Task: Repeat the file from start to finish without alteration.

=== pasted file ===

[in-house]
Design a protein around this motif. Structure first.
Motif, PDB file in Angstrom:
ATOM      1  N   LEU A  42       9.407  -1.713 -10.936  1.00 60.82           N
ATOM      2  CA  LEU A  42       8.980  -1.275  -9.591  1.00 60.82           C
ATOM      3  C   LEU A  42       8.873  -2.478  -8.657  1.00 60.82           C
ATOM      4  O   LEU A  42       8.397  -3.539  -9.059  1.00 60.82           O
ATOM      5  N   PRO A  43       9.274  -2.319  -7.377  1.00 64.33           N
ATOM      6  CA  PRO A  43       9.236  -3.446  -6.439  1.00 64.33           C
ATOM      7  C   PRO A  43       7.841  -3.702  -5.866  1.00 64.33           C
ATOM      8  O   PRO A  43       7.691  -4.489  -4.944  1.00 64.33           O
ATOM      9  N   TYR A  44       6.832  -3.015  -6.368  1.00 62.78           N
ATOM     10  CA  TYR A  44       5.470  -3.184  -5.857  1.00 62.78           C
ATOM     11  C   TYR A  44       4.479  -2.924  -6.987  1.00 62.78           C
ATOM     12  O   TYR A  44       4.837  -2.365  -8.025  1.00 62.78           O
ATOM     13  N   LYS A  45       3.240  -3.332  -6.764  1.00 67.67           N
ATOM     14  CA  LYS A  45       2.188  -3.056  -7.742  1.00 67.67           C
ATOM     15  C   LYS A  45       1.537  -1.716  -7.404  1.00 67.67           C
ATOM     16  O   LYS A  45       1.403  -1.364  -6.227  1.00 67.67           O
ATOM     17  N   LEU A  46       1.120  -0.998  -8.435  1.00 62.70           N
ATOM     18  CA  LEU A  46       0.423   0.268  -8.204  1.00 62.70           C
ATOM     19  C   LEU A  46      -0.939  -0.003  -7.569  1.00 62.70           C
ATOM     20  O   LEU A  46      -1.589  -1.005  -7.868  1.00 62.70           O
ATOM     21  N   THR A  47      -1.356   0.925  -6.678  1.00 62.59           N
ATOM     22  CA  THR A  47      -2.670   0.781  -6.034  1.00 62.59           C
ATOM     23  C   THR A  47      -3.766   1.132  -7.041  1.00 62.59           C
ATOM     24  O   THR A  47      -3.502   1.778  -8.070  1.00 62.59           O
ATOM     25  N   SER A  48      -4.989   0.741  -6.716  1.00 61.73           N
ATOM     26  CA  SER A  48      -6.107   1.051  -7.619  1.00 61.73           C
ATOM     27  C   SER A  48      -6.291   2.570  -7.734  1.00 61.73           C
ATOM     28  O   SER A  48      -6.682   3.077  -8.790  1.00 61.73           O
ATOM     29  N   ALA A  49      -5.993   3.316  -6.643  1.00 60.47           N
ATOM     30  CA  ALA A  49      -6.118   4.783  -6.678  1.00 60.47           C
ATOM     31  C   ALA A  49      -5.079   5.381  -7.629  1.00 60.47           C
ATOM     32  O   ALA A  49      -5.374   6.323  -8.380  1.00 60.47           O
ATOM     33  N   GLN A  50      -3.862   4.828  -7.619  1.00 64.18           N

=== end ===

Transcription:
[in-house]
Design a protein around this motif. Structure first.
Motif, PDB file in Angstrom:
ATOM      1  N   LEU A  42       9.407  -1.713 -10.936  1.00 60.82           N
ATOM      2  CA  LEU A  42       8.980  -1.275  -9.591  1.00 60.82           C
ATOM      3  C   LEU A  42       8.873  -2.478  -8.657  1.00 60.82           C
ATOM      4  O   LEU A  42       8.397  -3.539  -9.059  1.00 60.82           O
ATOM      5  N   PRO A  43       9.274  -2.319  -7.377  1.00 64.33           N
ATOM      6  CA  PRO A  43       9.236  -3.446  -6.439  1.00 64.33           C
ATOM      7  C   PRO A  43       7.841  -3.702  -5.866  1.00 64.33           C
ATOM      8  O   PRO A  43       7.691  -4.489  -4.944  1.00 64.33           O
ATOM      9  N   TYR A  44       6.832  -3.015  -6.368  1.00 62.78           N
ATOM     10  CA  TYR A  44       5.470  -3.184  -5.857  1.00 62.78           C
ATOM     11  C   TYR A  44       4.479  -2.924  -6.987  1.00 62.78           C
ATOM     12  O   TYR A  44       4.837  -2.365  -8.025  1.00 62.78           O
ATOM     13  N   LYS A  45       3.240  -3.332  -6.764  1.00 67.67           N
ATOM     14  CA  LYS A  45       2.188  -3.056  -7.742  1.00 67.67           C
ATOM     15  C   LYS A  45       1.537  -1.716  -7.404  1.00 67.67           C
ATOM     16  O   LYS A  45       1.403  -1.364  -6.227  1.00 67.67           O
ATOM     17  N   LEU A  46       1.120  -0.998  -8.435  1.00 62.70           N
ATOM     18  CA  LEU A  46       0.423   0.268  -8.204  1.00 62.70           C
ATOM     19  C   LEU A  46      -0.939  -0.003  -7.569  1.00 62.70           C
ATOM     20  O   LEU A  46      -1.589  -1.005  -7.868  1.00 62.70           O
ATOM     21  N   THR A  47      -1.356   0.925  -6.678  1.00 62.59           N
ATOM     22  CA  THR A  47      -2.670   0.781  -6.034  1.00 62.59           C
ATOM     23  C   THR A  47      -3.766   1.132  -7.041  1.00 62.59           C
ATOM     24  O   THR A  47      -3.502   1.778  -8.070  1.00 62.59           O
ATOM     25  N   SER A  48      -4.989   0.741  -6.716  1.00 61.73           N
ATOM     26  CA  SER A  48      -6.107   1.051  -7.619  1.00 61.73           C
ATOM     27  C   SER A  48      -6.291   2.570  -7.734  1.00 61.73           C
ATOM     28  O   SER A  48      -6.682   3.077  -8.790  1.00 61.73           O
ATOM     29  N   ALA A  49      -5.993   3.316  -6.643  1.00 60.47           N
ATOM     30  CA  ALA A  49      -6.118   4.783  -6.678  1.00 60.47           C
ATOM     31  C   ALA A  49      -5.079   5.381  -7.629  1.00 60.47           C
ATOM     32  O   ALA A  49      -5.374   6.323  -8.380  1.00 60.47           O
ATOM     33  N   GLN A  50      -3.862   4.828  -7.619  1.00 64.18           N